Tick bite puts local mother's life in jeopardy- how you can protect yourself this season


This area of Florida is known for its outdoor activities— but it's also home to ticks.

Two days after a simple tick bite outside her Old Town home, Emily Sorensen’s body was shutting down.

“My daughter noticed, and all she told me was, ‘mommy, what’s wrong with your face,’” Sorensen said. “I told her she needed to get the neighbor next door, she kind of freaked out and my body started turning purple.”

Emily’s body was reacting to Rocky Mountain Spotted Fever—the most deadly of all tick-born illnesses.

“The agent that causes it, it is kind of unusual in that it doesn’t circulate around in your blood, but it actually infects the cells that line your blood vessels,” said Nicole Iovine, an infectious disease physician at UF Health. “Those cells malfunction, they can rupture and you get bleeding under the skin.”

That bleeding caused the spots that spread across Sorensen’s body.

For six days Sorensen waited on a diagnosis. Doctors kept her on 100 percent oxygen as her organs began to shut down.

“I knew it was serious, but I didn’t think I was going to die,” Sorensen said.

Now two months later, Sorensen still can’t walk.

She’s lost feeling in her right foot because of severe nerve damage and still hasn’t regained full strength in her hands.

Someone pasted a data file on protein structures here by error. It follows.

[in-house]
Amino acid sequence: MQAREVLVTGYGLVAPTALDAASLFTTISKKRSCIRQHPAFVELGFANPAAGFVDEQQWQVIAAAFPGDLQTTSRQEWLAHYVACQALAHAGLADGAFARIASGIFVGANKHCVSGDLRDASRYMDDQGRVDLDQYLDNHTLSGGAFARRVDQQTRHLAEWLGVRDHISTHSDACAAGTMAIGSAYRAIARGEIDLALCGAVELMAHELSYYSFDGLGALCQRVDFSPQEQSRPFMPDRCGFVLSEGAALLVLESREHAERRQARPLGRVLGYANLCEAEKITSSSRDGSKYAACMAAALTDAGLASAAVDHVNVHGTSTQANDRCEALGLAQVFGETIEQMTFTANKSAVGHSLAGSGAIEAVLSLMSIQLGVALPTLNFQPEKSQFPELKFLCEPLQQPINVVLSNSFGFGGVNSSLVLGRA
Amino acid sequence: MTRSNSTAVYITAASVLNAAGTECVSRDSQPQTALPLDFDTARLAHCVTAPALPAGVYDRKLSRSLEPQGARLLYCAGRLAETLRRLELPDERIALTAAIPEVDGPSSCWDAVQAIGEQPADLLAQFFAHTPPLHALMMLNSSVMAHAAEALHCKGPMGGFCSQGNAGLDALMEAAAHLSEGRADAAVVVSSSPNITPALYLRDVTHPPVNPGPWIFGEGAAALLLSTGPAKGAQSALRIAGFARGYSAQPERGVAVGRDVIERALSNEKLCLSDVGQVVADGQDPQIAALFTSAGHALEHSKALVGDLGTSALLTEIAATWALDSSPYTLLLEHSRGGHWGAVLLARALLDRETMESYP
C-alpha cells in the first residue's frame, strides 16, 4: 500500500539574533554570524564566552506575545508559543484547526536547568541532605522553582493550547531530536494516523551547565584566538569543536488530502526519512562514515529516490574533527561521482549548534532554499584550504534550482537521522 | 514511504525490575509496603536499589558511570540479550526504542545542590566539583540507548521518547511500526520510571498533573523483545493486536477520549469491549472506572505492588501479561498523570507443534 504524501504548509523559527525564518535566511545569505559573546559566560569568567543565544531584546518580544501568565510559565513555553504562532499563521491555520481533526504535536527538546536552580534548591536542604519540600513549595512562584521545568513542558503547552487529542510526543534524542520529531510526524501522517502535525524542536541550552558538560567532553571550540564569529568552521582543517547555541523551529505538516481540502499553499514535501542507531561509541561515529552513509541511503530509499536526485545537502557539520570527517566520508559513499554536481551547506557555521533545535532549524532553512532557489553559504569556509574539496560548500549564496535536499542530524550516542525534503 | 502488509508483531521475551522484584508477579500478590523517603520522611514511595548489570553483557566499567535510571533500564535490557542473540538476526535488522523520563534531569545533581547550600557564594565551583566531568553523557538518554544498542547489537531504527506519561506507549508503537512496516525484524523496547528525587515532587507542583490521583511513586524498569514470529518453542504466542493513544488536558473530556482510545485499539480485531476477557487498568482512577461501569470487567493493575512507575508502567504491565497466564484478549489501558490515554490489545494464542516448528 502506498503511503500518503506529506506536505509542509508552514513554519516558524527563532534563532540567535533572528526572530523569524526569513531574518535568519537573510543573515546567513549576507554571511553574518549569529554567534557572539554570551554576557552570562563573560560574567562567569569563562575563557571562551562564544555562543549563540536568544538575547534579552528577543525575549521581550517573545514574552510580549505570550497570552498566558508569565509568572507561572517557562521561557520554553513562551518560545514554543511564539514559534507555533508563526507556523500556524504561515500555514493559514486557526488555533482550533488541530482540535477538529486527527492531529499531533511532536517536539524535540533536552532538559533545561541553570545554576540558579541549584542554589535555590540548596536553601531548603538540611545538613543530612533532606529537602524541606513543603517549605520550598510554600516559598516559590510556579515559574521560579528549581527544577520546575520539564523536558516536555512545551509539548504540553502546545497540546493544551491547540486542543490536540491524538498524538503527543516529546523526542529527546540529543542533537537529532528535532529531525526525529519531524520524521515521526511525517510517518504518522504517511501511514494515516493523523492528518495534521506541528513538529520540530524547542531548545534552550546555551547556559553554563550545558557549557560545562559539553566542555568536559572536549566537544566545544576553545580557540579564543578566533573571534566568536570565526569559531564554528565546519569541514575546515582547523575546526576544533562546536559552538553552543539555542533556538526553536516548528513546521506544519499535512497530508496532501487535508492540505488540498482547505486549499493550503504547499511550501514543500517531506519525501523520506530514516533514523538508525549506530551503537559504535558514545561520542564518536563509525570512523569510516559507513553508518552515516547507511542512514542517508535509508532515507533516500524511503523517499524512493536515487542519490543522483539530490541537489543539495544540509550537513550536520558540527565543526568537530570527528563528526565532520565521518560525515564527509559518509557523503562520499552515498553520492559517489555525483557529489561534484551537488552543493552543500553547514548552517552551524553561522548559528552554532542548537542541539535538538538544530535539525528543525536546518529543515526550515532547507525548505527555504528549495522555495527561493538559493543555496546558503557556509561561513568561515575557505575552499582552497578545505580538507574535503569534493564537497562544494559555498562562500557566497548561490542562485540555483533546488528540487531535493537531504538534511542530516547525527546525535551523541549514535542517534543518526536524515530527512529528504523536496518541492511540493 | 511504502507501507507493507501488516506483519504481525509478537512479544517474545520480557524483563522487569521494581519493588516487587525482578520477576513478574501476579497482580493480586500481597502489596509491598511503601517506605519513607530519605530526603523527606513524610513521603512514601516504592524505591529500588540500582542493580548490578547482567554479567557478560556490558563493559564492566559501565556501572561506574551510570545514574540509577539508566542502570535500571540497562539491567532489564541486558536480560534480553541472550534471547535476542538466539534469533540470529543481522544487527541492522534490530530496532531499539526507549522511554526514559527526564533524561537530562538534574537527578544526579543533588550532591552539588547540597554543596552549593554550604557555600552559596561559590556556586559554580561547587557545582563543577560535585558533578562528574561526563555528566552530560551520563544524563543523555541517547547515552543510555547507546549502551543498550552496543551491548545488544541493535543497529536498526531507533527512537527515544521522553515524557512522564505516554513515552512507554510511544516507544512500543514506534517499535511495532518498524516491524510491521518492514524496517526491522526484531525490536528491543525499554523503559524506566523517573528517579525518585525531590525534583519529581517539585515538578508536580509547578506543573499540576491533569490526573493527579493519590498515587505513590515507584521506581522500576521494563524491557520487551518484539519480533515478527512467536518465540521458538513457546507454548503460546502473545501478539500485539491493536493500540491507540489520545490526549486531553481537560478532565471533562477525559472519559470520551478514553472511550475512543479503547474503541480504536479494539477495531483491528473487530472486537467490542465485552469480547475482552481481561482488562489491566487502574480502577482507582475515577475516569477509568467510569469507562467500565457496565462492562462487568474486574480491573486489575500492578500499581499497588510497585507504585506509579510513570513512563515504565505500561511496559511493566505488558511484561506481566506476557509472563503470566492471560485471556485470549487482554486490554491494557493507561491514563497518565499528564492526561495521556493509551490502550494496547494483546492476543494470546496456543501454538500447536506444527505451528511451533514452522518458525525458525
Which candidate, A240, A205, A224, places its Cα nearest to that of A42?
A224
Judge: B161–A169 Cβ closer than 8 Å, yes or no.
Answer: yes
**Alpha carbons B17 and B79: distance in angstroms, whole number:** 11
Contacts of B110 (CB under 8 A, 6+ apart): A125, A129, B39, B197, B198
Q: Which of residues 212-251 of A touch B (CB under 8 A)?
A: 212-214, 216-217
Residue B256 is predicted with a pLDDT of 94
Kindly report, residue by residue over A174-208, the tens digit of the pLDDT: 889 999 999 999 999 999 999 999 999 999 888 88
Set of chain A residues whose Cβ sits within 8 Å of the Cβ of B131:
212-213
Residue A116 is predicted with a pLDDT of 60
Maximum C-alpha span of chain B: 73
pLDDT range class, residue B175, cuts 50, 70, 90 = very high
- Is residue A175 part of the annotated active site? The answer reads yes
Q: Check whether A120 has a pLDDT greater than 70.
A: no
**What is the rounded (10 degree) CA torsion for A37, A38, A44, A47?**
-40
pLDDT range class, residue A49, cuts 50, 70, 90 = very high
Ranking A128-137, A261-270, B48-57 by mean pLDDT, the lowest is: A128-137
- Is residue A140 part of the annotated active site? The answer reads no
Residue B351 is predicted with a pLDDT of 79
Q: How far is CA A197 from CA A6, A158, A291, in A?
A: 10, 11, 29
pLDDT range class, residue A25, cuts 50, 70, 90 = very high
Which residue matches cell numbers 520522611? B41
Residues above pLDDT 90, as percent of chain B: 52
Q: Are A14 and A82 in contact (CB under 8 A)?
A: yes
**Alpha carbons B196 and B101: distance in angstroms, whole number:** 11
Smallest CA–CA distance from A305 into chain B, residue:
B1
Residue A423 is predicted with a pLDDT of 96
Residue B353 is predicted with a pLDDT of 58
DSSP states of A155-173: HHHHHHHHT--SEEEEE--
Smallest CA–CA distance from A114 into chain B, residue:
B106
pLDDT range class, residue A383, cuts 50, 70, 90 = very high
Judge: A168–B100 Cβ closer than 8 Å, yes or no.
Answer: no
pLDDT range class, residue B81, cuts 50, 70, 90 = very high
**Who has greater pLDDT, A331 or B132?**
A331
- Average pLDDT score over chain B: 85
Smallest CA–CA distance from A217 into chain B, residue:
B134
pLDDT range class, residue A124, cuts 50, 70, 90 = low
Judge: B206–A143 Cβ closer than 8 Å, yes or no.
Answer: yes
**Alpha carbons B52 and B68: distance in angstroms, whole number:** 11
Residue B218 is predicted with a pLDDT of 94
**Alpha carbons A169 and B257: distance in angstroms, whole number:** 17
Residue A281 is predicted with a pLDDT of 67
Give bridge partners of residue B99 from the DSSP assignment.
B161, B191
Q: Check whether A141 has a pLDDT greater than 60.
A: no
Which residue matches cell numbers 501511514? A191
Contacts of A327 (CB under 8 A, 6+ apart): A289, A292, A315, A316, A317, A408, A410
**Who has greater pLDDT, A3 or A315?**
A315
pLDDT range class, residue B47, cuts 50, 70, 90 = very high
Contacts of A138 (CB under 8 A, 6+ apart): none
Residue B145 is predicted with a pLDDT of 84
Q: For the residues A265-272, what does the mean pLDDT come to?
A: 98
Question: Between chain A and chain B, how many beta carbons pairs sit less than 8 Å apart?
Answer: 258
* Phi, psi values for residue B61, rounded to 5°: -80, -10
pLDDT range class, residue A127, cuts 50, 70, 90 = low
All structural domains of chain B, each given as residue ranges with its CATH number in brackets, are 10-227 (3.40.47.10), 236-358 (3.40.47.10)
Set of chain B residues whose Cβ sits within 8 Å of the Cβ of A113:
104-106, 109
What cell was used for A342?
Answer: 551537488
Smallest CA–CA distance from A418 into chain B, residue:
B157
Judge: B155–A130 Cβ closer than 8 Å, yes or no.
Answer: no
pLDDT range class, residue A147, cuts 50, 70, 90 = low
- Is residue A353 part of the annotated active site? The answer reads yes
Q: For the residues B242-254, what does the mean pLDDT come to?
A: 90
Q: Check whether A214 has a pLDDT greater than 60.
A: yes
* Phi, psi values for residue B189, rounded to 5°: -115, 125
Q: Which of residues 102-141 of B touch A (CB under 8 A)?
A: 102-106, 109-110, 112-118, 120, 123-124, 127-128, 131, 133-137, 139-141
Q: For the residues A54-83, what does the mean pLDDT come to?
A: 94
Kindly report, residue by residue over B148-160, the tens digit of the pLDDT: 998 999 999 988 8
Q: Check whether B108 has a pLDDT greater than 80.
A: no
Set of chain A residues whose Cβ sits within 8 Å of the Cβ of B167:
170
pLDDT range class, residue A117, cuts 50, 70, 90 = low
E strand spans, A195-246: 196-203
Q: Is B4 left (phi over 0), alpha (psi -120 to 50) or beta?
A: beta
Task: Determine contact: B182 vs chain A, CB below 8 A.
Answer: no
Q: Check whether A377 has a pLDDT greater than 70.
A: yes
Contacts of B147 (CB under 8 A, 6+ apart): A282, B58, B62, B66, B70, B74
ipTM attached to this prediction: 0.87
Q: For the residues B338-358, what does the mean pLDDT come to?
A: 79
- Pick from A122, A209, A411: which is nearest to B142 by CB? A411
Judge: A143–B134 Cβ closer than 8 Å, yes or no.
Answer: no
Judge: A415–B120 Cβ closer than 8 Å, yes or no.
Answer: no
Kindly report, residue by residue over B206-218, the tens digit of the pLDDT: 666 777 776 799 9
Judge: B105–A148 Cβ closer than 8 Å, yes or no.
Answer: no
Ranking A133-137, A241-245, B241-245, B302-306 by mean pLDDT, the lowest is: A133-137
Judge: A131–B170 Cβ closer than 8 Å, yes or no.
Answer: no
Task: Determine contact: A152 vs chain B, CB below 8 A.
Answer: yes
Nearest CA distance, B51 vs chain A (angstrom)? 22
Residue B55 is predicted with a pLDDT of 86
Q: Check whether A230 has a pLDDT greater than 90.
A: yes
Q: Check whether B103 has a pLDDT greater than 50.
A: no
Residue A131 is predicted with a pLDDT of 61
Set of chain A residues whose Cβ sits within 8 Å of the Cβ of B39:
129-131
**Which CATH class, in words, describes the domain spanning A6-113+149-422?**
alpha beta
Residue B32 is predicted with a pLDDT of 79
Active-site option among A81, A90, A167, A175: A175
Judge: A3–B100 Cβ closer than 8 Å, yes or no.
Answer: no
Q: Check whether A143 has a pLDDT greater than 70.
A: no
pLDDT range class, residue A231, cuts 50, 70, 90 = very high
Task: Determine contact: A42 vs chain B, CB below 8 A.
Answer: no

“You can have so much disruption of your blood vessels that you can’t even get blood circulating properly to your limbs, your hands and your feet,” Iovine said.

“I’m okay with losing my foot, as sad as it is to say. Because I’m alive and I never thought something like this would happen,” Sorensen said.

The Florida Department of Health says the majority of RMSP cases in Florida happen here in the north-central region, with it’s peak in the coming summer months.

The key to any tick-born illness is prevention or early detection.

When outdoors, use an insect repellent containing deet and always do a thorough body check when you come back inside.

“You want to use forceps and pull it straight up and out,” Iovine said. “You don’t want to squish the tick or burn the tick, or do anything like that because you can release the bacterium.”

Take every bite seriously and be alert for any unusual symptoms.

“Whether or not you know you’ve been bit by a tick, if you’ve been outdoors and you develop a fever, headache and importantly a rash, that is not something to wait on,” Iovine said.

It's also important to check your dogs for ticks, especially behind their ears. Ticks biting dogs can bite you as well.

Remove it the same way you would a person, and make sure it is dead once it's removed.

close video ad
Unmutetoggle ad audio on off